It’s basically Christmas already and you know what that means.
You’ll head to a party or two, have a great Christmas family eat up with all the trimmings, 2 days later every commercial will be providing you with the answers to all your weight loss troubles and all your friends will start asking you your new year resolutions because it’ll be 2020.
Honestly, I love this time of year because it’s so happy and positive and gives you time to focus on the future and your dreams, but it’s also a great time of year to look at all the screw-ups I made in the past year, identify where I fell off and make some plans to avoid them in the next year.
So here are my financial mess-ups I’ve made and how you can stop them from happening to you in 2020.
Trying to Follow All The Advice
This year I was fearless about attaining wealth and tried lots of advice I got. All were good advice, but not all of them worked for me or my personality
So while I tell everyone to fail fast and always try new things, just because the path does work, it doesn’t mean it should be your path. It’s also helpful to really be honest with yourself about what you want your life to look like
If you hate writing, don’t become a blogger, if you don’t like inviting people to your house and seeing everyone you meet as a client, then don’t do an MLM or network marketing.
And if you do try it and don’t like it, then it’s ok to quit.
It’s okay to say it worked for him but won’t work for me.
Falling Back into Old Habits
I lost track of my mission somewhere during the year between the stress of parenting and everyday life. As a result, I fell back to old habits, primarily my scarcity thinking.
I stopped trying to earn more by putting in the hours in my real estate company and started to focus solely on savings more.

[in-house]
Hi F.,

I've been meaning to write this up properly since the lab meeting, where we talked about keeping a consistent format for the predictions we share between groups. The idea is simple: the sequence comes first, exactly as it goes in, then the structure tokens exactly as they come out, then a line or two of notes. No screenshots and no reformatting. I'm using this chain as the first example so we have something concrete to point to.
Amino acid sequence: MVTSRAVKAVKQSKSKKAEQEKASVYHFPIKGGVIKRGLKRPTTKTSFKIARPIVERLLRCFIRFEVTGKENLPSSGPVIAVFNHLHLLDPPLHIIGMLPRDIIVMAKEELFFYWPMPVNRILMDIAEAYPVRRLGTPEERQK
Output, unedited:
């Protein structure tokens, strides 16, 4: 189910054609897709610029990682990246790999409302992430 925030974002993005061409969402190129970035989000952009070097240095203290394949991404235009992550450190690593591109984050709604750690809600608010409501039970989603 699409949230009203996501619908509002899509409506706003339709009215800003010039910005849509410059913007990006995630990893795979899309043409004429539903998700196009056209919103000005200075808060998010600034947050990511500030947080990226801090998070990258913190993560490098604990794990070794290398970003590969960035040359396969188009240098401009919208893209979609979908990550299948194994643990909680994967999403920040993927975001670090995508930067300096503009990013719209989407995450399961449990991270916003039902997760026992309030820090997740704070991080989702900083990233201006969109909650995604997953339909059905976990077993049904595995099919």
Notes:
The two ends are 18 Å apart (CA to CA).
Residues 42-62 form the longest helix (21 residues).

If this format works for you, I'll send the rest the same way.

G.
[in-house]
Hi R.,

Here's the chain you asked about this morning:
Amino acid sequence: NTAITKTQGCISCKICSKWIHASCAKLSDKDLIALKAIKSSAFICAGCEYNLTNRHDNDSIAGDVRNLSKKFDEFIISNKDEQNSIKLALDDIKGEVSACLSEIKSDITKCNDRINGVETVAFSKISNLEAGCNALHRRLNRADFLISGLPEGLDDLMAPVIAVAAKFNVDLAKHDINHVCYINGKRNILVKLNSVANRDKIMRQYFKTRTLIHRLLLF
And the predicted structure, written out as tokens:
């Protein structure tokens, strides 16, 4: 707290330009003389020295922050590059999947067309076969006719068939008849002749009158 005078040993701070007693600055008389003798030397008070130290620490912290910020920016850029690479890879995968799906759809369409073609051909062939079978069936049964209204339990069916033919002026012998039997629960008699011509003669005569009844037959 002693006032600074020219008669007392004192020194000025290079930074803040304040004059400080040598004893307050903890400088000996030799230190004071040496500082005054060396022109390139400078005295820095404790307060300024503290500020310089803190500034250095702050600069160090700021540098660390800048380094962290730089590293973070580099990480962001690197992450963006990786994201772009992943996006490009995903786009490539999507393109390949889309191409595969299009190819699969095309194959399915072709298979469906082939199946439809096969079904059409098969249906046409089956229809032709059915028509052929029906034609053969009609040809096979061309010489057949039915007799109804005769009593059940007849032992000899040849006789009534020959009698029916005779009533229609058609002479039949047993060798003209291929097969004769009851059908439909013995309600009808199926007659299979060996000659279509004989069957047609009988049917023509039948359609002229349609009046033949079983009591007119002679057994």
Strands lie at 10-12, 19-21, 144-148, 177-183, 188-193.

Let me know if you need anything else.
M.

Being more scared of losing than being excited about winning. I started having anxiety about the problem instead of finding the solution.
Staying committed takes effort and a constant renewing of the mind. And do whatever it takes to get into the right mindset every single day.
Switching Goals M
I love personal finance and kept reading articles about the impressive debt payoffs that everyone was doing.
I was so inspired by the stories that I threw my plans out the window and started working on the debt repayment.
Then I’d hear a great story about millionaire IRA people and switched it up again. Well, when you flip flop between goals you get the same results like when you multitask – you do everything half-assed and ultimately, you get frustrated with your lack of progress.
Setting Overly Ambitious/Aggressive Goals
I’m a results-oriented person. I hate tasks that drag on for seemingly forever with no end in sight.
In fact, the quickest way to demotivate me is to tell me I’ll be here for a while.
But I’ve found that making the timeline a financial (or any goal for that matter) too aggressive is a recipe for disaster.
It hyper focuses the destination instead of the journey and sucks the joy out of your life while you are working on it.
Suddenly the ‘tiny wins’ weren’t important, only the final result, and eventual became discouraged and fell off the wagon.
Looking For The Perfect Course
Man, I feel for this one hard last year. For those who have a side hustle or run their own business, this one is for you.
I thought that things weren’t going well because I didn’t know what I was doing. And
So I spent money on a couple courses before trying to learn the ropes myself, and before exhausting all the free information that was available. .. DUMB!
Now I’m not knocking courses.
I have learned a lot from the ones I have taken.
However, don’t be in a hurry to spend your money on courses that you believe will give you the magic bullet.
Try things on your own first. Use all the free resources. Put all the things you have learned into action. Once you have done ALL of that, then you can look at a course to fill in the gaps.
Delaying Self Care
I am a huge proponent of self-care.
I say it all the time, post it on my Instagram etc.
But I have been notorious for waiting until I was burnt out and about to lose my mind before doing it.
Your brain (and body) can only function at maximum capacity for so long before it starts to break down. It’ll take more time, and require more intensive self-care sessions to recover when you are broken, than if you maintained a regular routine of self-care.
So have Fun!
Life is so short and precious.
Everything we are doing now to better ourselves and our future only work if we survive the present.
Jon Acuff in his book ‘Finish’ mentions that we frequently take the fun out of goals. As though we believe if fun is involved then it’s not a real goal.
But the biggest motivator to getting things done is knowing we are enjoying the path on the way to the destination.
So as 2019 come to a close, think on your own actions that you made this year, what you would change, what you’d like to do in the future and get ready because this is your year!